[A version of this item appears in: Dementia: the Latest Evidence Newsletter (RWHT), Volume 2 Issue 10, May 2012].
This report summarises discussions which took place during a half-day seminar organised by the Social Care Institute for Excellence, ARUP and the Thomas Pocklington Trust in February 2012. These three organisations aim to bring together research, building design and greater awareness off sensory loss in order to facilitate understanding and improvements in the care of people with dementia and sensory loss towards the end of life.
Many people with dementia have some level of sensory loss. Supporting these individuals can be challenging for social care professionals and carers. Dementia and serious sensory loss are often triggers for admission to a care home, and as more people are surviving into older age, the incidence of dual sensory loss is growing. Carers and staff supporting people with dual sensory loss combined with dementia need to be confident they can meet these complex needs. End of life care represents one of their major challenges. Good environmental design can help.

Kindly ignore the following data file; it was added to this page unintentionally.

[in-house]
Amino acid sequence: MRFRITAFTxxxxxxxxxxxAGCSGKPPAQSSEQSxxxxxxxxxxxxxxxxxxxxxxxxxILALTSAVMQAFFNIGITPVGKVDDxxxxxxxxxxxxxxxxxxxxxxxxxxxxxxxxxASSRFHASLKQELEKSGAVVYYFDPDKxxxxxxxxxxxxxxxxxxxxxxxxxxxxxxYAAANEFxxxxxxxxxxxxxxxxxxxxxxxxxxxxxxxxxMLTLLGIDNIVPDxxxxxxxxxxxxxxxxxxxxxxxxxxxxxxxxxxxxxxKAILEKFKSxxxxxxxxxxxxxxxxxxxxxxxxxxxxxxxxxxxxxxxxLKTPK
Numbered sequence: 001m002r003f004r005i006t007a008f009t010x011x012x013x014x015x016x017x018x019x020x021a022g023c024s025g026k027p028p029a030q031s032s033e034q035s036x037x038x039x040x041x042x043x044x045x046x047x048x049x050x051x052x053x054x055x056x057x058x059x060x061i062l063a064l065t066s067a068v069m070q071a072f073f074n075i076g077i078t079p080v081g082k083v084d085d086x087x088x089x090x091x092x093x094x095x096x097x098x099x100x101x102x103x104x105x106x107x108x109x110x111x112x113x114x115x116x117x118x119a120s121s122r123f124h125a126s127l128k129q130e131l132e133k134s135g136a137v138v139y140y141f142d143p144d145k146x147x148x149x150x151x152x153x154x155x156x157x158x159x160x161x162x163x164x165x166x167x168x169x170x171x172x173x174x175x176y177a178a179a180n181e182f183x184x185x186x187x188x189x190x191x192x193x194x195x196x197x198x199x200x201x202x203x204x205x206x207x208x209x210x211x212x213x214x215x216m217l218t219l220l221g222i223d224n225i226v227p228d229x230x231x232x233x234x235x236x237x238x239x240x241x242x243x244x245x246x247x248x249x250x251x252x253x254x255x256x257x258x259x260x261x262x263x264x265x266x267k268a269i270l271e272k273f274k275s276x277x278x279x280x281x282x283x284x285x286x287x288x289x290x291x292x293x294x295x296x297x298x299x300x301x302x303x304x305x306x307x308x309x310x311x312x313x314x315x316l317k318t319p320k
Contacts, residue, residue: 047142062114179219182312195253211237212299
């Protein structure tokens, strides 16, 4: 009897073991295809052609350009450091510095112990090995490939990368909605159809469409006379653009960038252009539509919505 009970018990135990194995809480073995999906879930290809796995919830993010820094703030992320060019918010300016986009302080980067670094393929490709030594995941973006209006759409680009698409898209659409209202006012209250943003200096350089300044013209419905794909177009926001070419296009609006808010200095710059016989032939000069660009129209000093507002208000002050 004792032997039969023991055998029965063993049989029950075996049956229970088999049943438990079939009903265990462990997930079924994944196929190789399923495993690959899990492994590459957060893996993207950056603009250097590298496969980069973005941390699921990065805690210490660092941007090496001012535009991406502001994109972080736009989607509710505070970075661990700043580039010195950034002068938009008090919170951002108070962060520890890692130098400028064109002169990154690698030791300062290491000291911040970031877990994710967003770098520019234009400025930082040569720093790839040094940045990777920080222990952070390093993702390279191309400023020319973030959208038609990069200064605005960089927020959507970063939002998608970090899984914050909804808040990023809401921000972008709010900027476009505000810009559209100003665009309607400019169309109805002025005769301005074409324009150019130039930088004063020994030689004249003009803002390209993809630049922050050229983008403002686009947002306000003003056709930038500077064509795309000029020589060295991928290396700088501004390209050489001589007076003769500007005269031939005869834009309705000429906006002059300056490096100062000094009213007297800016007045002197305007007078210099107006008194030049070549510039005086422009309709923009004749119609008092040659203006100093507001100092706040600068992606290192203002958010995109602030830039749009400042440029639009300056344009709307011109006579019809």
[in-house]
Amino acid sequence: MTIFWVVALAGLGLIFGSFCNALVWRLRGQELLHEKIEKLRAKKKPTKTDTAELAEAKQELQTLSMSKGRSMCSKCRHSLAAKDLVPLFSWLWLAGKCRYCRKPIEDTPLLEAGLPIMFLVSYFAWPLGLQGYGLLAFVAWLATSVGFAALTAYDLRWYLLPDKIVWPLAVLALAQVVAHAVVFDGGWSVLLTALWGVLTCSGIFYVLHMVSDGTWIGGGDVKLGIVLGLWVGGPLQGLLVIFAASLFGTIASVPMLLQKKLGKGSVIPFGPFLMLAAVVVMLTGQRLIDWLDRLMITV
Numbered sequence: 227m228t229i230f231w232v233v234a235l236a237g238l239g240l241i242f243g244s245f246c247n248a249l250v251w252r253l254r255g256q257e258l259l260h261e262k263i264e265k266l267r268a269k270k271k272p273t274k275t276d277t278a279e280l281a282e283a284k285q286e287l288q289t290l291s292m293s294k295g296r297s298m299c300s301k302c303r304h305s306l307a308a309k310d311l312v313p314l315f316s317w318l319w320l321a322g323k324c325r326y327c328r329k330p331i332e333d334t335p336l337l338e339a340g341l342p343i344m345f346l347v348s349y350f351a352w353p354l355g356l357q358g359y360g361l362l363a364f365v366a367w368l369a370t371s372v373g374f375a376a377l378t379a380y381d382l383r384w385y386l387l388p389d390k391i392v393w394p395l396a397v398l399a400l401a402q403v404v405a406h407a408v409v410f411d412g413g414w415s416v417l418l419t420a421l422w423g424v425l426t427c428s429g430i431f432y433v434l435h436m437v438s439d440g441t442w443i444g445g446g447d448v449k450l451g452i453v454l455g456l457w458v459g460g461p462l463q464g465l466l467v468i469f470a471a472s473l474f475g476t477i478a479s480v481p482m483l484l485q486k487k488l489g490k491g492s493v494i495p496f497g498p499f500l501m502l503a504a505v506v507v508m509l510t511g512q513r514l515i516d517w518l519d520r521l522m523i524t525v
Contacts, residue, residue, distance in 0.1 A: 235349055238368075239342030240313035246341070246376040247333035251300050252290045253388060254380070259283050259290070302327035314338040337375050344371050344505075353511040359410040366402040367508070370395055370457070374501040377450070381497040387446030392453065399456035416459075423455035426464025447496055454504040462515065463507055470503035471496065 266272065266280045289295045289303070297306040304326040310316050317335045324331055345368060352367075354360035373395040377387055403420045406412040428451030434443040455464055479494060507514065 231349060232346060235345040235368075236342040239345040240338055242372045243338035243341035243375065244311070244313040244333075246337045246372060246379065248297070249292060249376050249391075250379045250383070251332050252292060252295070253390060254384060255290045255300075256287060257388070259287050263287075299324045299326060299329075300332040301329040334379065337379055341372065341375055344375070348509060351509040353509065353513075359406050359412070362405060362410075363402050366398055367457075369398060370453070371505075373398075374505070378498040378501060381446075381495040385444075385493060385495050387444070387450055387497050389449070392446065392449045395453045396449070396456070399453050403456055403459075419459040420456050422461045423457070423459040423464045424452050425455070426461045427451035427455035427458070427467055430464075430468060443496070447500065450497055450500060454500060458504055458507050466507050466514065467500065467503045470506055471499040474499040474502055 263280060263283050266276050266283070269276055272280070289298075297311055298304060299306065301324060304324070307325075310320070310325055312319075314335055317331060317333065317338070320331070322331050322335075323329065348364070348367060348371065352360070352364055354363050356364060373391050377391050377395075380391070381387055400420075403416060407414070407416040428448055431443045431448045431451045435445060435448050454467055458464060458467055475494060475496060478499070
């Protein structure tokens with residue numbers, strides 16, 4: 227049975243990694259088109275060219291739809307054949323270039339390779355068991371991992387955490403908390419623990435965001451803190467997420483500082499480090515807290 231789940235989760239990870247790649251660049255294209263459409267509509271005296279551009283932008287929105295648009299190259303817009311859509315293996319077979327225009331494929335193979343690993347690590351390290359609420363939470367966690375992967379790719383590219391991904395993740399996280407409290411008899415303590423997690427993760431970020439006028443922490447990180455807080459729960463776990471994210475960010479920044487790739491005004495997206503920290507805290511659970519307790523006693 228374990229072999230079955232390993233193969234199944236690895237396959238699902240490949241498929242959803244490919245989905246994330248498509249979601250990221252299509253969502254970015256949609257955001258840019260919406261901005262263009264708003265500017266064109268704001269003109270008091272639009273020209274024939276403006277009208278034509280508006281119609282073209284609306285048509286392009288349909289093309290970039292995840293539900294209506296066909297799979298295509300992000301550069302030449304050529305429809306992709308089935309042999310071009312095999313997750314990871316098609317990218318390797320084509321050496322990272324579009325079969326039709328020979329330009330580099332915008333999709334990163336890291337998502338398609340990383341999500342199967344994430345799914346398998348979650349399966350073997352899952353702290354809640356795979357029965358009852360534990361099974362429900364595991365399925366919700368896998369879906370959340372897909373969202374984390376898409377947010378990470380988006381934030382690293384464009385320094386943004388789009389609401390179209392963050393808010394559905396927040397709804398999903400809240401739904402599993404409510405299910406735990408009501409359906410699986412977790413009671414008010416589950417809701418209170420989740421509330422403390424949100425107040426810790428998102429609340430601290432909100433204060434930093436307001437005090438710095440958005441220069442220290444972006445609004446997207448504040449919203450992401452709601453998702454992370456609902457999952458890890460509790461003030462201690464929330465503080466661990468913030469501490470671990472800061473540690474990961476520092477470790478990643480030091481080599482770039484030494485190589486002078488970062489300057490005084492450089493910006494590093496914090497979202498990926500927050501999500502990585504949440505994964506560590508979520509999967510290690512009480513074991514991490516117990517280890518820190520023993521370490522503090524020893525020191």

Sections in this report cover social care evidence about people with dementia in care homes at the end of life; sensory loss in people with dementia and sight loss; and better care homes for people with dementia and sight loss. Action points arising from the workshop are presented.
Cole, A. (2012). Dementia and end of life care: implications for people with sensory loss. Report from a half-day seminar on 7 February 2012, organised by the Social Care Institute for Excellence (SCIE), ARUP and the Thomas Pocklington Trust. London: Social Care Institute for Excellence, April 2012.